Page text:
The Peking University team has developed a two-dimensional transistor that exceeds the limit of silicon

Chips provide a steady stream of power for the development of big data and artificial intelligence, and the improvement of chip speed benefits from the scaling of transistors, but the performance of traditional silicon-based field-effect transistors is gradually approaching their intrinsic physical limits. The International Roadmap for Devices and Systems (IRDS) predicts that the limit gate length of silicon-based transistors will stop at 12 nm and the operating voltage cannot be less than 0.6 V, which defines the final level of integration and power consumption at the end of the future silicon-based chip scaling process, so there is an urgent need to develop new channel materials to continue Moore’s Law. Atomic-thick two-dimensional semiconductors have attracted widespread interest from the scientific and industrial communities because of their ultra-thin bodies and high mobility, and as one of the strong candidates for future chip channel materials. In recent years, leading global semiconductor manufacturing companies and research institutions such as Intel, TSMC, Samsung and the European Microelectronics Center have invested in research on 2D materials. However, due to bottlenecks in contact, gate media and materials, the performance achieved by all 2D transistors so far cannot be comparable to the industry’s advanced silicon-based transistors, and their experimental results are far behind theoretical predictions and are not enough to demonstrate the ultimate potential of 2D semiconductors.

Recently, Professor Peng Lianmao and researcher Qiu Chenguang’s research group of Peking University School of Electronics prepared a 10nm ultra-short channel ballistic two-dimensional indium selenide transistor, which for the first time made the actual performance of the two-dimensional transistor exceed Intel’s commercial 10nm node silicon-based Fin transistor, and reduced the operating voltage of the two-dimensional transistor to 0.5 V, which is also the world’s fastest and lowest energy consumption two-dimensional semiconductor transistor so far.

The related research results, titled “Ballistic two-dimensional InSe transistors”, were published online in Nature on March 22, 2023. Jiang Jianfeng and Dr. Xu Lin are the joint first authors, Professor Peng Lianmao and Professor Qiu Chenguang are the co-corresponding authors, and the School of Electronics of Peking University is the only unit of the paper.

This work has achieved three technological innovations: the use of three-layer indium selenide with high carrier thermal velocity (smaller effective mass) as the channel, achieving a room temperature ballistic rate of up to 83%, which is the highest value of field-effect transistors at present, much higher than that of silicon-based transistors (less than 60%); It solved the problem of growing ultra-thin oxide layer on the surface of two-dimensional materials, and prepared 2.6nm ultra-thin double-gate hafnium oxide, which raised the transconductance of the device to 6 mSwarn microns, which exceeded all two-dimensional devices by an order of magnitude. The doping-induced two-dimensional phase transition technology was created to overcome the international problem of gold half-contact in the field of two-dimensional devices, and the total resistance was refreshed to 124 ohms•microns, which met the requirements of transistor resistance (220 ohms•microns) in the future nodes of integrated circuits.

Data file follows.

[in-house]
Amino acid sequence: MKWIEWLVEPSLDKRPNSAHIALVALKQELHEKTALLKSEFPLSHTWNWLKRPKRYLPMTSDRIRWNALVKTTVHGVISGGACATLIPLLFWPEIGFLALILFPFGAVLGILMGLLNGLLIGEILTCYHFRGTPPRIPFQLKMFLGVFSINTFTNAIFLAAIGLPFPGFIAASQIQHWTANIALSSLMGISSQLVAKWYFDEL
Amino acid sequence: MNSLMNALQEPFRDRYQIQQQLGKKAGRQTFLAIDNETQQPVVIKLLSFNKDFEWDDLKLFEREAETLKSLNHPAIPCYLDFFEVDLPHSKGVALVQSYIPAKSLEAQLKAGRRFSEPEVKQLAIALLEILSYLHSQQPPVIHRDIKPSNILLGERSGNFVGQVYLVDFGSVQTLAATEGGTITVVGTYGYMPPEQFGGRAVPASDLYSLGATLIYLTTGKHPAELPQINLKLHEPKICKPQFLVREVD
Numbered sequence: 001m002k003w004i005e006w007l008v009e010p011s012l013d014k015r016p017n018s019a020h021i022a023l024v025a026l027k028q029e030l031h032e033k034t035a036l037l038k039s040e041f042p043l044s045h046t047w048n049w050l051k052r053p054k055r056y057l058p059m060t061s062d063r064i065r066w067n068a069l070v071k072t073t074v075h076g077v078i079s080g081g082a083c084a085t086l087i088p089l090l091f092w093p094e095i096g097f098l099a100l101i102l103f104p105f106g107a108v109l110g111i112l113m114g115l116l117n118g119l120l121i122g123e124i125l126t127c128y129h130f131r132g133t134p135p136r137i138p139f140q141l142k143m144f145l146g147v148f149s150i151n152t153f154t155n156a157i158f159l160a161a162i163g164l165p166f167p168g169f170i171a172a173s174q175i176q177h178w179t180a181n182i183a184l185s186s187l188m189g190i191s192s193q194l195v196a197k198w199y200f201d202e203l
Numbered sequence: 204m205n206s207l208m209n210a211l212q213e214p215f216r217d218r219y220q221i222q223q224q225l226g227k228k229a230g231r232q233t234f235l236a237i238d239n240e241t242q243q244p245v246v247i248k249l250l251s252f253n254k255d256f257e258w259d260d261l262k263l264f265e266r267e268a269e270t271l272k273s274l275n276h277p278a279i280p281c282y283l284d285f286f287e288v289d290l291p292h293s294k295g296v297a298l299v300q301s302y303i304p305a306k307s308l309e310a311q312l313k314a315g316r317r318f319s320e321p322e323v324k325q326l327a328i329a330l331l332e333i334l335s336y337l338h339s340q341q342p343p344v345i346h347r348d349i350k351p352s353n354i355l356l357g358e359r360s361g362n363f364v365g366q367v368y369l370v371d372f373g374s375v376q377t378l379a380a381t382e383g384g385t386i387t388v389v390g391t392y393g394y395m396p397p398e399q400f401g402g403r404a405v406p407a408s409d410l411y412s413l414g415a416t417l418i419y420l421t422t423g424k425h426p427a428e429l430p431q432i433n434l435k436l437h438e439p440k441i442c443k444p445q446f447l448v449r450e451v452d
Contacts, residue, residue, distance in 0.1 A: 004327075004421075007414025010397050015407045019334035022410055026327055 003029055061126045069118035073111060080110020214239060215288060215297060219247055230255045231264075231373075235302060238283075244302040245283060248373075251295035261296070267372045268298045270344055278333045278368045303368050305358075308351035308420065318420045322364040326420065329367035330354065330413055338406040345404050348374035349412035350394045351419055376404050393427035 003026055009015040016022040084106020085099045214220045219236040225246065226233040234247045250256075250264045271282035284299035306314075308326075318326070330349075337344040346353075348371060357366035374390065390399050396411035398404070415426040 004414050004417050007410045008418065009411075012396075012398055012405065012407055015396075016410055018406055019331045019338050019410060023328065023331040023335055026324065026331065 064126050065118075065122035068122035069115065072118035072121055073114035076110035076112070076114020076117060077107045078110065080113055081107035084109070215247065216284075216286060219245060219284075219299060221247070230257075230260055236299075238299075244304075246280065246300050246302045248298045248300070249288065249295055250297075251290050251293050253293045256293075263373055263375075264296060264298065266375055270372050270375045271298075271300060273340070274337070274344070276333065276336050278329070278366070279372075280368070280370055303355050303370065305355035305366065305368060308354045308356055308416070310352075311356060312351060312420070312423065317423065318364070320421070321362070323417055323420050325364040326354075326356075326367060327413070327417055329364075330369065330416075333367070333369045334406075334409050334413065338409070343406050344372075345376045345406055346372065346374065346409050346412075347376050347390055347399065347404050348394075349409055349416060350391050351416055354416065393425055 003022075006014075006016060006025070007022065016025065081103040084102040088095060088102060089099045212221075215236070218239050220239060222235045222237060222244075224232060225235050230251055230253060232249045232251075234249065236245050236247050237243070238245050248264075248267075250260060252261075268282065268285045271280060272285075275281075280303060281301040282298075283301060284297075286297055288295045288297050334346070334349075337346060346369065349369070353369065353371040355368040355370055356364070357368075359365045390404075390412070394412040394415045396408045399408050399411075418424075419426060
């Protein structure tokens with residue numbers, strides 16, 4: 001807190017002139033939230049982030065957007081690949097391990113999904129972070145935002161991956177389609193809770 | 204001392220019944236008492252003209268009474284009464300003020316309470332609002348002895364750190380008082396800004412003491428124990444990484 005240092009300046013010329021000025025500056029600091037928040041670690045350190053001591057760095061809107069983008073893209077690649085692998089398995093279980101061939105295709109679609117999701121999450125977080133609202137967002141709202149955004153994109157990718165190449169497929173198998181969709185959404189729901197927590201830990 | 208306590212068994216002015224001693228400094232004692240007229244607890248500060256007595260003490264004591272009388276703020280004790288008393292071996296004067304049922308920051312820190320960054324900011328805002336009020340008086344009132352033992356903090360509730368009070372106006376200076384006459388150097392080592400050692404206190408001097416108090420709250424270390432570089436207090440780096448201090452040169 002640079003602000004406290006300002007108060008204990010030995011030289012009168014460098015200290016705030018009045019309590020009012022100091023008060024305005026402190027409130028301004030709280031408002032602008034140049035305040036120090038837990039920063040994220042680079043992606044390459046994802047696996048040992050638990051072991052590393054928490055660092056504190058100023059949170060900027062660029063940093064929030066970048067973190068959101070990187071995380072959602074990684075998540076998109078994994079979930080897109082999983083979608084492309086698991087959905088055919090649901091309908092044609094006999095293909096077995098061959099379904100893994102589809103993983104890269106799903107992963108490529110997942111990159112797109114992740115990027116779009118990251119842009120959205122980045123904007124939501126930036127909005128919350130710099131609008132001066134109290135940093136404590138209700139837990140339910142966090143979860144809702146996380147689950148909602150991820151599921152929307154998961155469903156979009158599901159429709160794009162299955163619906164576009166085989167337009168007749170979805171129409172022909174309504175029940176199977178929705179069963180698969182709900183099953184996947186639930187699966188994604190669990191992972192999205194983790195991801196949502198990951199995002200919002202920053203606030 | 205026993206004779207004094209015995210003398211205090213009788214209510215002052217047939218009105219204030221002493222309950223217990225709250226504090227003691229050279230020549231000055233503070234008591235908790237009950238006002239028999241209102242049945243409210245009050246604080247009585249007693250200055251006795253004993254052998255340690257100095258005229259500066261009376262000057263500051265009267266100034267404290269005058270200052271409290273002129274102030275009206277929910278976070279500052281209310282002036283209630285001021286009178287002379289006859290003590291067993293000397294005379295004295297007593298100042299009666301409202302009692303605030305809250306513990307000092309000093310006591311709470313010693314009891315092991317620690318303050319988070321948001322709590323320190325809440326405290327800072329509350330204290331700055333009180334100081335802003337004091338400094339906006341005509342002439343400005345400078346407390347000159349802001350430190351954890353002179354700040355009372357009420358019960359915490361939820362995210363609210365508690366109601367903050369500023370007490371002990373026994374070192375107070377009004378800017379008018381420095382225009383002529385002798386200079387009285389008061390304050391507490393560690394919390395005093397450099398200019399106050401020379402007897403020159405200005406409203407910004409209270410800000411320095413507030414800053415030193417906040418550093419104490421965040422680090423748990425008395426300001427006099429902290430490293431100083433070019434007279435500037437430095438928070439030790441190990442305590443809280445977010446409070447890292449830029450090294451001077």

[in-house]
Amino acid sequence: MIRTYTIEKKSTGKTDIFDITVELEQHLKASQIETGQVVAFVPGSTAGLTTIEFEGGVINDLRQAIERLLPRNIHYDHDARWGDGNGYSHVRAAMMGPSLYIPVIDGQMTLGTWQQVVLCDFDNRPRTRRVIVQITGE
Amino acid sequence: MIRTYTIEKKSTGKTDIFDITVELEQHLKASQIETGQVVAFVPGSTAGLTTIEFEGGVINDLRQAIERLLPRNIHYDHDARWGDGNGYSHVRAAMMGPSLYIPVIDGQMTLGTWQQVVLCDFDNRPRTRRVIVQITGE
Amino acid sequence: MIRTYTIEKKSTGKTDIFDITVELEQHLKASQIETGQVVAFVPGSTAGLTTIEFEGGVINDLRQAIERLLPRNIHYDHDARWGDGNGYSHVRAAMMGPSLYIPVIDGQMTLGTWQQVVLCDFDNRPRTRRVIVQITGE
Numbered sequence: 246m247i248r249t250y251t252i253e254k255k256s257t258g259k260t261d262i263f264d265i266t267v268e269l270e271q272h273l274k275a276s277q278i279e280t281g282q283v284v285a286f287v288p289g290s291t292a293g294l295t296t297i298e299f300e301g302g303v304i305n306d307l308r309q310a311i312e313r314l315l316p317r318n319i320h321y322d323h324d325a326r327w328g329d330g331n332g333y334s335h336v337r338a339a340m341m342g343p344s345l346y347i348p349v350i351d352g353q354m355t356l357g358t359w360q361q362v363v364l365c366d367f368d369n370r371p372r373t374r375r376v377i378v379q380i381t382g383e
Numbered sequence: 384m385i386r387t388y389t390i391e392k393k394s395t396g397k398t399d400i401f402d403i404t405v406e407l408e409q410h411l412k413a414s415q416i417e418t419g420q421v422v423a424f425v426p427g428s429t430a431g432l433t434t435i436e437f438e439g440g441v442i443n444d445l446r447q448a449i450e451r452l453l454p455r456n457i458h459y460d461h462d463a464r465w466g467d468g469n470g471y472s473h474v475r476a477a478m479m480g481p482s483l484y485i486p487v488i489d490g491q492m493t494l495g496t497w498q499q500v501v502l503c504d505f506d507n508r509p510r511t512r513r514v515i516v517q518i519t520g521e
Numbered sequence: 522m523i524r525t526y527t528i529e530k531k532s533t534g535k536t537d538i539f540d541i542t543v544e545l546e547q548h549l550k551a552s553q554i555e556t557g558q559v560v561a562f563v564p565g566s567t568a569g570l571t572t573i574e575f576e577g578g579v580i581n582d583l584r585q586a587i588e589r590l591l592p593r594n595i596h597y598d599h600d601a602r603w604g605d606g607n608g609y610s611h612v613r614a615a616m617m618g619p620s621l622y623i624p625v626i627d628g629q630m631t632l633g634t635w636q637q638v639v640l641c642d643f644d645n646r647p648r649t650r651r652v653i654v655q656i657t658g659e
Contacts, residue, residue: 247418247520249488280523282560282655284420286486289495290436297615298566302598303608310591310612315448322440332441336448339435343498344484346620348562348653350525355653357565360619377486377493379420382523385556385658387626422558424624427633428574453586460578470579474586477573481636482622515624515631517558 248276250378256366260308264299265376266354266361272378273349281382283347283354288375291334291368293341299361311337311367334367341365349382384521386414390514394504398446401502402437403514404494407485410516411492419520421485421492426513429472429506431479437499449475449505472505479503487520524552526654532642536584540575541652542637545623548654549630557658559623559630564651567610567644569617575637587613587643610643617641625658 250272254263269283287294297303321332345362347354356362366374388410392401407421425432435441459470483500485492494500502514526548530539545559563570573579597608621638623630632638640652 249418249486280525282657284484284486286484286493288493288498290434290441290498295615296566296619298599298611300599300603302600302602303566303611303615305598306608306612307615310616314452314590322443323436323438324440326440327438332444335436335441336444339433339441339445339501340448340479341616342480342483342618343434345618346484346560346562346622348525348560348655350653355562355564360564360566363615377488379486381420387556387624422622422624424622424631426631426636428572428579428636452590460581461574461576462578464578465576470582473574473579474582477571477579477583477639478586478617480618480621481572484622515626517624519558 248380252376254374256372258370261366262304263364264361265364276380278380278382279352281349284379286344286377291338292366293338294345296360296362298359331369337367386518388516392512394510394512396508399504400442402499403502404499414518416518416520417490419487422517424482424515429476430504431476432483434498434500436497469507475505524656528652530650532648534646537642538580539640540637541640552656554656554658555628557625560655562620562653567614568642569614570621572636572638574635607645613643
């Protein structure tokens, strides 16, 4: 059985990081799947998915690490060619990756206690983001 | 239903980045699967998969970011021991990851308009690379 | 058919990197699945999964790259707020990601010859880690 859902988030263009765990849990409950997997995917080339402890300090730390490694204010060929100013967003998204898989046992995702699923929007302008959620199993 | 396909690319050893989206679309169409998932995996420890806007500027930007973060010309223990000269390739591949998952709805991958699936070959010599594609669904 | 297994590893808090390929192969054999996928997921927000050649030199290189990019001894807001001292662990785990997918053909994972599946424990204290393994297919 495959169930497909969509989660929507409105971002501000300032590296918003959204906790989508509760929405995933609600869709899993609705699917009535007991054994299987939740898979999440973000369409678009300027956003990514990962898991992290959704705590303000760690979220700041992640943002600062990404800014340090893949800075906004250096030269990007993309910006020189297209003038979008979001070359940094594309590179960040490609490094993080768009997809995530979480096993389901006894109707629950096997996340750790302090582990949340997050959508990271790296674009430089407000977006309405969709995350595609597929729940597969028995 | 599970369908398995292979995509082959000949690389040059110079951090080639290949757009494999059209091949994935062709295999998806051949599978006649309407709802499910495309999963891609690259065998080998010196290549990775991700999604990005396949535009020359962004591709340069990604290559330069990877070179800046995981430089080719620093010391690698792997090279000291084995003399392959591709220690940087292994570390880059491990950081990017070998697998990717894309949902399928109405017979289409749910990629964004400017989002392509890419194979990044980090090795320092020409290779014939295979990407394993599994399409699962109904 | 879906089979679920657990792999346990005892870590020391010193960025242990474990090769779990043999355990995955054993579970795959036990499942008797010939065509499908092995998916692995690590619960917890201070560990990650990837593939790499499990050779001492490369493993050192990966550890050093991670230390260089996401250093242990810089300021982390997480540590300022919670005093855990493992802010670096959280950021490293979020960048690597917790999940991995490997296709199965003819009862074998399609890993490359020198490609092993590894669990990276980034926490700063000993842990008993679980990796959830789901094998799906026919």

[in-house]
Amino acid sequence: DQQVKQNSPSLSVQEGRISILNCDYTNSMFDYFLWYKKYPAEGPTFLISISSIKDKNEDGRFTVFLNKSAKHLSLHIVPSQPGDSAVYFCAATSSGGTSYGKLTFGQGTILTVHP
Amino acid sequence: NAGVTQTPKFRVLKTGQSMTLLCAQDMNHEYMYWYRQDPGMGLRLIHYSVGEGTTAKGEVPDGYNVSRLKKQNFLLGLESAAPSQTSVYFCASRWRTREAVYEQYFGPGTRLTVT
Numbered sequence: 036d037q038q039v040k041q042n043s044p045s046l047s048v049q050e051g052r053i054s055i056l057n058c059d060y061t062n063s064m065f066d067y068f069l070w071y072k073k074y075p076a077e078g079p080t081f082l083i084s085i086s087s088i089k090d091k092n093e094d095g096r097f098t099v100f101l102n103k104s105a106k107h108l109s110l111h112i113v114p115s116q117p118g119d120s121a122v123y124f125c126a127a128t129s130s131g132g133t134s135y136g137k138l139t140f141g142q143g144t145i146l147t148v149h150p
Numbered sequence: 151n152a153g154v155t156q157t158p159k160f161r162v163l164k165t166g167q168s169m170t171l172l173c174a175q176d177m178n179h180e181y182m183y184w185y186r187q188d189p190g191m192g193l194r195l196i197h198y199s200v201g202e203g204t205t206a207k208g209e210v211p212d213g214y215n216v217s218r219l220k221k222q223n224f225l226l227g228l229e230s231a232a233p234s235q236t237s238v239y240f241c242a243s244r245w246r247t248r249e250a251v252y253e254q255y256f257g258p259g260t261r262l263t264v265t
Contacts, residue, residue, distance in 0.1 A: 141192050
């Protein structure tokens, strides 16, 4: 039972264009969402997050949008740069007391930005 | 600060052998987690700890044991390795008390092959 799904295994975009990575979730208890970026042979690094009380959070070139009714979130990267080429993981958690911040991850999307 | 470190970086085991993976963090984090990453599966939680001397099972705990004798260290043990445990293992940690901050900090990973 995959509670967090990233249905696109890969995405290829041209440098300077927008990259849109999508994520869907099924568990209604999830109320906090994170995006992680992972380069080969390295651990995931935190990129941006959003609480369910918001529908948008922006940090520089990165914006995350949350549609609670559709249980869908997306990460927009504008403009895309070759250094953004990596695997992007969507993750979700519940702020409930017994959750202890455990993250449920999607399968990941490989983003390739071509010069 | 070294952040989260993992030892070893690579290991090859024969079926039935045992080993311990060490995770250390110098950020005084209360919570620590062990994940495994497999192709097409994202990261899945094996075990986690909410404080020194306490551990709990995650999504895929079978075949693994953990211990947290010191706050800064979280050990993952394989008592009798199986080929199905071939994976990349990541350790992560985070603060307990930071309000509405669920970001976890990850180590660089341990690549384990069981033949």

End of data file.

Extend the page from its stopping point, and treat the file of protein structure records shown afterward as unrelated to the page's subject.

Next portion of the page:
In line with the development roadmap of silicon-based devices predicted by IRDS in the industry, the ballistic two-dimensional indium selenide transistor realized by the Peking University team breaks the four silicon-based ultimate “red walls”: 1) the trench length is reduced to 10 nanometers (exceeding the silicon-based limit of 12 nanometers), while maintaining the ideal subthreshold swing range of 75 millivolts, DIBL is only 20 millivolts/volt, and the device’s shutdown characteristics exceed the silicon-based optimal FinFET technology. 2) The voltage is reduced to 0.5 volts (0.6 volts beyond the 2031 silicon-based limit), turning the device current on from the standard off state of 100 nanoamps/micron to more than 1 mA/micron on state. 3) The gate delay is reduced to 0.32 picoseconds, which is four times superior to the silicon-based limit of 1.26 picoseconds. 4) The power consumption delay product is reduced to 4.32*10-29 joules/micron, which is an order of magnitude lower than the silicon-based limit.

Figure 1 Comparison of ballistic 2D indium selenide transistors with advanced node silicon-based transistors

Figure 2 Switching state characteristics of the device

This work breaks through the key scientific bottleneck that has long hindered the development of two-dimensional electronics, pushes the performance of n-type two-dimensional semiconductor transistors to the theoretical limit for the first time, and is the first to experimentally prove that two-dimensional devices are superior to advanced silicon-based technologies in terms of performance and power consumption, injecting strong confidence and vitality into the development of two-dimensional semiconductor technology.

Figure 3 Outlook: Faster and more power-efficient low-dimensional semiconductor chips

(Source: Science Network)

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